Originally the stables for the horses of William Gibbons who built Mead Hall and owned the property that is the Drew campus today. Asbury was converted to student housing early in the history of Drew.


Asbury Hall is an early example of adaptive use. Built circa 1834 as the brick stables on the Gibbons estate, it housed some 25 horses, wagons, and carriages. The original architect is unknown.

In 1871-72, the building was converted to a 72-room, three-story residence hall with a mansard roof and Second Empire dormer. The remodeling was probably concurrent with the construction of three \"professors\" houses on the campus in the same style.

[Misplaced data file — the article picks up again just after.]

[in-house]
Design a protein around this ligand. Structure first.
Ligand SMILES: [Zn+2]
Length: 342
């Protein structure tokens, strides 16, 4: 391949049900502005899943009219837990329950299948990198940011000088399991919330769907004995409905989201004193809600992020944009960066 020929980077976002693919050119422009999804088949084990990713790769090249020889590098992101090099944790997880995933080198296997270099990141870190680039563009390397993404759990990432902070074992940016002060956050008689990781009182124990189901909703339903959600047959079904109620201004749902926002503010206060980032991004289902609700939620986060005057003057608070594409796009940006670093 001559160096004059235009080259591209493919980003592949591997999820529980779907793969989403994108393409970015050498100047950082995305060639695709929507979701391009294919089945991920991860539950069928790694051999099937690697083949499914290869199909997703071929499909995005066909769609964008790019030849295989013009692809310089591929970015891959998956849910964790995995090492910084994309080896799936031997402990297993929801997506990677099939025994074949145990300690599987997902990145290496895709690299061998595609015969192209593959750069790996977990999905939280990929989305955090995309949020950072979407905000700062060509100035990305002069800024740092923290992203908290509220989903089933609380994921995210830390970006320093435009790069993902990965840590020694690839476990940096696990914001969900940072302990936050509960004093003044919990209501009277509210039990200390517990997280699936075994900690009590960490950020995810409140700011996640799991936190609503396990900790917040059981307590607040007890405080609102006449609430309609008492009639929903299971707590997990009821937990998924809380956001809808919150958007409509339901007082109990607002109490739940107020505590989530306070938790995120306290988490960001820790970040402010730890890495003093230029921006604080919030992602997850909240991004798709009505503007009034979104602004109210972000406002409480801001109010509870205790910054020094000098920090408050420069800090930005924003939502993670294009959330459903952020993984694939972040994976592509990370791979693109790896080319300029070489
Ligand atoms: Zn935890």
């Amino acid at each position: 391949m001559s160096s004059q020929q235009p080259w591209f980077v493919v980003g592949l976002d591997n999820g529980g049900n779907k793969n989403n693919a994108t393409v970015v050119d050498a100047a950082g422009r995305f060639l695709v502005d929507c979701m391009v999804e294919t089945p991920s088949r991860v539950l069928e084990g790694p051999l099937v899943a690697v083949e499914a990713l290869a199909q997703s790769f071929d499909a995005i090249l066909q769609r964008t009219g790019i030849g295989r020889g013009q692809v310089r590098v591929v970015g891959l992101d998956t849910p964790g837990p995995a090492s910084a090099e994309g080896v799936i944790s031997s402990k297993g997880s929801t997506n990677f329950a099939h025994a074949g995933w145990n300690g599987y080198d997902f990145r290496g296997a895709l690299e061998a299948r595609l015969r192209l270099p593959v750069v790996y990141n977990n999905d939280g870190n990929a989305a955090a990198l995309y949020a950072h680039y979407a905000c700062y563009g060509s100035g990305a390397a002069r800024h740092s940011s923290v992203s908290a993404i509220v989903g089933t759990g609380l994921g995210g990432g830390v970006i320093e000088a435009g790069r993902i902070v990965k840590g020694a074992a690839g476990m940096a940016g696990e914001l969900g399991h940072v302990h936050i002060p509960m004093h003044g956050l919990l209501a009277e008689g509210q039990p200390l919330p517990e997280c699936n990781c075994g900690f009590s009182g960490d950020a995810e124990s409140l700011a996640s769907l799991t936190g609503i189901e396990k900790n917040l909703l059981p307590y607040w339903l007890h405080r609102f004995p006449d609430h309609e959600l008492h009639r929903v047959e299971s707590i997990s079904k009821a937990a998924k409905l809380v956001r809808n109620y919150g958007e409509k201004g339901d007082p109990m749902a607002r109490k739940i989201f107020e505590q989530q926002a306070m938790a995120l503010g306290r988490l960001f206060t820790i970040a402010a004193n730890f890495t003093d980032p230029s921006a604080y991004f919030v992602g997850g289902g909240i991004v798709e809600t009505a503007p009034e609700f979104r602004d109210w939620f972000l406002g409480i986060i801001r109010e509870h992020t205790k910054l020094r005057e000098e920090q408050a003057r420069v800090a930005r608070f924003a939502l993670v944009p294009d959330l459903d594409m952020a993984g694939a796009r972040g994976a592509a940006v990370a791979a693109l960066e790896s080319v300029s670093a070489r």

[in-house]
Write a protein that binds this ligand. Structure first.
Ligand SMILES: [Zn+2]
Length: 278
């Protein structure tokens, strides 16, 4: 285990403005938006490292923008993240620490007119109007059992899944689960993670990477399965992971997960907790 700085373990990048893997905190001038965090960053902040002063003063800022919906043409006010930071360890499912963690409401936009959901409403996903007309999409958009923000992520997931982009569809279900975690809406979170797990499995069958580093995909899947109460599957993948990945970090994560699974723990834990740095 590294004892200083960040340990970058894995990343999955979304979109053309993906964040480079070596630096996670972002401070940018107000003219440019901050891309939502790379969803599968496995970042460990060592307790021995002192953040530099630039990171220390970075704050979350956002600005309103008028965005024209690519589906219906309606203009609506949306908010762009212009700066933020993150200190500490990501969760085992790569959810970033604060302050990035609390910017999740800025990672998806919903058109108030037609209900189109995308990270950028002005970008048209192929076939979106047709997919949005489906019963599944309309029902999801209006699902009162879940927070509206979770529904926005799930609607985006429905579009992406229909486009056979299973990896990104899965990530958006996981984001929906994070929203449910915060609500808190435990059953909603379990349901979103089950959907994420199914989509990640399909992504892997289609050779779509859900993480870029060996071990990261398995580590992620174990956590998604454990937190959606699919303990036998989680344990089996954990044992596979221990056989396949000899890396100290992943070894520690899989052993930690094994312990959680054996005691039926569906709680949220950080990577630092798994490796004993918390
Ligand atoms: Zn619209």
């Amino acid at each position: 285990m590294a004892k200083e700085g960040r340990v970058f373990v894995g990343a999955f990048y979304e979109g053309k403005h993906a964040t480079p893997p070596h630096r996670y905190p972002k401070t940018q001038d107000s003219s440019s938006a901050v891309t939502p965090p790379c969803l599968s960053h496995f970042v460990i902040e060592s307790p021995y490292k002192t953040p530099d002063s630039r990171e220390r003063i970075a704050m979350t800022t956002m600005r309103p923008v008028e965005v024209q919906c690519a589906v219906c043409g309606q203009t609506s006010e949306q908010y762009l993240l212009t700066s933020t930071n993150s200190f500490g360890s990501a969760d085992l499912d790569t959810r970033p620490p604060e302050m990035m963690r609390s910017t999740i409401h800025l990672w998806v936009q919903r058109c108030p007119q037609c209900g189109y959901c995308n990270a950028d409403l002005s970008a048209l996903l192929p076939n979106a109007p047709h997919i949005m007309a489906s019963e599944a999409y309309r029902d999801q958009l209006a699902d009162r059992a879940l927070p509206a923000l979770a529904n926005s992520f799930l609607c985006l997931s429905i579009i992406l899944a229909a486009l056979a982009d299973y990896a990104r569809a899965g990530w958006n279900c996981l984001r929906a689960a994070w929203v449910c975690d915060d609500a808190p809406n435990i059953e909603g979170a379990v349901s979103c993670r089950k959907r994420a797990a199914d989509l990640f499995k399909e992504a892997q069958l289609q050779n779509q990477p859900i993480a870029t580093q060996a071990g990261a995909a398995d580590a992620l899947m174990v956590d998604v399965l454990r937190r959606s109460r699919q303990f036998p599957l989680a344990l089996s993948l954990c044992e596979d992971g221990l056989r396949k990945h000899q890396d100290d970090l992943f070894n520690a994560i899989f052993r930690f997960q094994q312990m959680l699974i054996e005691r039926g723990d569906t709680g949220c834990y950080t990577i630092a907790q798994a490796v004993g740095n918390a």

After 1900, the building fell into disuse. When Drew became a college, more dormitory space was required. H.J. Carlson, of Coolidge and Carlson of Boston, was retained to remodel the existing building.

By 1929 it was redesigned into the Georgian Revival style with painted brick facade. The interior was also renovated. The paint was removed from the brick in the 1950s.